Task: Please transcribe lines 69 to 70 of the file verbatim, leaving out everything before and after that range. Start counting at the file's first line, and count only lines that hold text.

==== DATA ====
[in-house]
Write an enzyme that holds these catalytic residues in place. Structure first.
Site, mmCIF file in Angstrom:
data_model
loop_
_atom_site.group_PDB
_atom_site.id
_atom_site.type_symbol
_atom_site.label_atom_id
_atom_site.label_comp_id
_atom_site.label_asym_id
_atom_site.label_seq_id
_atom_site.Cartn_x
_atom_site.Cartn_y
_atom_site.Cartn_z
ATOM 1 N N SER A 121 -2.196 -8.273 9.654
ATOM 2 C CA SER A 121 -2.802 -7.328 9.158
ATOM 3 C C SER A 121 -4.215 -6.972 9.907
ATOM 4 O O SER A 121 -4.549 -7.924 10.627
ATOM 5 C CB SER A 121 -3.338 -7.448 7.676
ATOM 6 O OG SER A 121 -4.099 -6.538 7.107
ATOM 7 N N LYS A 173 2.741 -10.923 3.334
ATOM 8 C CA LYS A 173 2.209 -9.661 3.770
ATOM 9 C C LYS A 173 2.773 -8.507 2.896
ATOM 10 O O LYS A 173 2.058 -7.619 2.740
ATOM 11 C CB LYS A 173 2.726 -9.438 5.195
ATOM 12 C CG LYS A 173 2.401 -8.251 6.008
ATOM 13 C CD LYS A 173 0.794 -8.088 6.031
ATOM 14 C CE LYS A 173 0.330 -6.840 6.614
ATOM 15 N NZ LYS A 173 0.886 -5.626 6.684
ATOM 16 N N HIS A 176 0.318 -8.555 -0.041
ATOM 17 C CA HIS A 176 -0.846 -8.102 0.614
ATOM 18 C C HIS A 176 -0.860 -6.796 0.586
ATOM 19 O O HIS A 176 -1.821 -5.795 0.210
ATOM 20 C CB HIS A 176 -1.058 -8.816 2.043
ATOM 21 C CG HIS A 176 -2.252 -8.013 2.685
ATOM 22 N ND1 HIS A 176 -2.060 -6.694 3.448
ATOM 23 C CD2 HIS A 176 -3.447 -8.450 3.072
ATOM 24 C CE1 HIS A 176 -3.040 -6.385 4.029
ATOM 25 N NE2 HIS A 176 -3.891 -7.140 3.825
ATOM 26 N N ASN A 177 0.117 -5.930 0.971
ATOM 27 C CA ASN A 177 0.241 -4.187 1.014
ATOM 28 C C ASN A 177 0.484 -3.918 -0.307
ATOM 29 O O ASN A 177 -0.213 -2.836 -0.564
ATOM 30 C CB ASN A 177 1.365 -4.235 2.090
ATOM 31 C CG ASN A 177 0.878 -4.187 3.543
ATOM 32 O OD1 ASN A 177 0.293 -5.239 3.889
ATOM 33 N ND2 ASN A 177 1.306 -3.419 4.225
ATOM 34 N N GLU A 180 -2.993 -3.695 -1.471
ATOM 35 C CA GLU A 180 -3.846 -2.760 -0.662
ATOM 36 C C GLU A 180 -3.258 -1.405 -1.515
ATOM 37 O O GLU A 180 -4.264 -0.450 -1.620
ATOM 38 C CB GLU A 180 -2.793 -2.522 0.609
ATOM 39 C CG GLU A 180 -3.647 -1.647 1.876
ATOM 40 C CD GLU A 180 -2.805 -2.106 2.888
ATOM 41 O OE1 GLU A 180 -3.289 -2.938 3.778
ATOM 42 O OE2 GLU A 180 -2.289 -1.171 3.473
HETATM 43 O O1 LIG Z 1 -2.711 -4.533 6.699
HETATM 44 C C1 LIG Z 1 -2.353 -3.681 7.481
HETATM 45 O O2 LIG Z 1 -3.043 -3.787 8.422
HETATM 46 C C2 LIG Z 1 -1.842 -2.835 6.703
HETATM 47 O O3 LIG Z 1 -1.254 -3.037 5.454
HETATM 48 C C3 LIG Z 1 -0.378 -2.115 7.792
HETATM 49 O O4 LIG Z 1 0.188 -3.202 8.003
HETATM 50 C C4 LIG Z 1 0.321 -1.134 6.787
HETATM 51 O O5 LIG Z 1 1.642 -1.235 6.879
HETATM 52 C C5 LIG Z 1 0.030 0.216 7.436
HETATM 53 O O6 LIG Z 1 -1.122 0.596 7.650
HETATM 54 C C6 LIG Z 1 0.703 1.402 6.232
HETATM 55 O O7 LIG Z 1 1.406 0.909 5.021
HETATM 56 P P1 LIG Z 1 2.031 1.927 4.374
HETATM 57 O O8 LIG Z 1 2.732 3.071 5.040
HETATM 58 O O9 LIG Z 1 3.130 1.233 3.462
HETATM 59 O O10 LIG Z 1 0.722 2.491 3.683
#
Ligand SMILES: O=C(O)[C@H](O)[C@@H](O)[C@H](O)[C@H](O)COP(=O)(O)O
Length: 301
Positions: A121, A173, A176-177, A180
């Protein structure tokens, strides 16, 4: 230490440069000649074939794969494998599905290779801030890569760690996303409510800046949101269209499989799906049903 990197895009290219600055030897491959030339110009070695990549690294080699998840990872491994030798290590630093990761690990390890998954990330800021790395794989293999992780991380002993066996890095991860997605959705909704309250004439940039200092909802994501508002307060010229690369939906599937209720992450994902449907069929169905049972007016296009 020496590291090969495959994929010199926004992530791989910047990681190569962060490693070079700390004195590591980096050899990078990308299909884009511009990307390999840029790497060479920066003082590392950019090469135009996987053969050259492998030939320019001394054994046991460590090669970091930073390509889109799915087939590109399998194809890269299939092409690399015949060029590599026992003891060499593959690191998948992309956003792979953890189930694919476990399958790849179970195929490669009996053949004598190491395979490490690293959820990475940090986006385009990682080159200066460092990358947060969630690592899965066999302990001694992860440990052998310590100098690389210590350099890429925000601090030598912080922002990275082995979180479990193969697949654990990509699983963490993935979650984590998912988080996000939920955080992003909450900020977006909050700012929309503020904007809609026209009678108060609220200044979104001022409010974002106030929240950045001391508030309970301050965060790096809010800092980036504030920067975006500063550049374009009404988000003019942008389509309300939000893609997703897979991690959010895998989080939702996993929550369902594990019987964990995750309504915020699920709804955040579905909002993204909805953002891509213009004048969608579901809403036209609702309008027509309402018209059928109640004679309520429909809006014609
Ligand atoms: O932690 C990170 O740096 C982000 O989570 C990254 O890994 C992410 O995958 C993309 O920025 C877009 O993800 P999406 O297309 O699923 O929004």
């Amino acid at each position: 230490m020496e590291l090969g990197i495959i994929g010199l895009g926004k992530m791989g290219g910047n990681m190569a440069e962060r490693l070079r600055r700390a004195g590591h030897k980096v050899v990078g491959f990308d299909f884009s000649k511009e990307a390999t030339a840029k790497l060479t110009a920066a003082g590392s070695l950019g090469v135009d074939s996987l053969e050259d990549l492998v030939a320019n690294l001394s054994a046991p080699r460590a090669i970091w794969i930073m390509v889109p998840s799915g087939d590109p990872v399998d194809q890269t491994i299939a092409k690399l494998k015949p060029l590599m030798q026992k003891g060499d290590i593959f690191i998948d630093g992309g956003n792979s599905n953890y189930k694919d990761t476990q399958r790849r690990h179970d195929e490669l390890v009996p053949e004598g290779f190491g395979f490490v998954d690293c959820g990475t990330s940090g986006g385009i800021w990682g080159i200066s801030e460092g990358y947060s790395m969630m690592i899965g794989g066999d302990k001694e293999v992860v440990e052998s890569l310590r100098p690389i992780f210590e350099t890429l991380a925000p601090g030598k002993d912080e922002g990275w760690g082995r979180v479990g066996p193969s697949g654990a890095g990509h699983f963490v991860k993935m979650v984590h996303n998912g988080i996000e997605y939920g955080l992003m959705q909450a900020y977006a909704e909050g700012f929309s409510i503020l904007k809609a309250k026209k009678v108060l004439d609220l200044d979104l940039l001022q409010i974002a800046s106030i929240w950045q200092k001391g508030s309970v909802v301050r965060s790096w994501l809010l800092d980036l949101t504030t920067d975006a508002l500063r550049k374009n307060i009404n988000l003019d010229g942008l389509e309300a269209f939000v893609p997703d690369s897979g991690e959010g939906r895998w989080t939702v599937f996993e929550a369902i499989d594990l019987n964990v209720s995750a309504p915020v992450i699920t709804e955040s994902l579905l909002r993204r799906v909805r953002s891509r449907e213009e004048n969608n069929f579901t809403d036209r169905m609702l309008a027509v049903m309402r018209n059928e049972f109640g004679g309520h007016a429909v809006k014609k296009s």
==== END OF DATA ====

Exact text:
HETATM 54 C C6 LIG Z 1 0.703 1.402 6.232
HETATM 55 O O7 LIG Z 1 1.406 0.909 5.021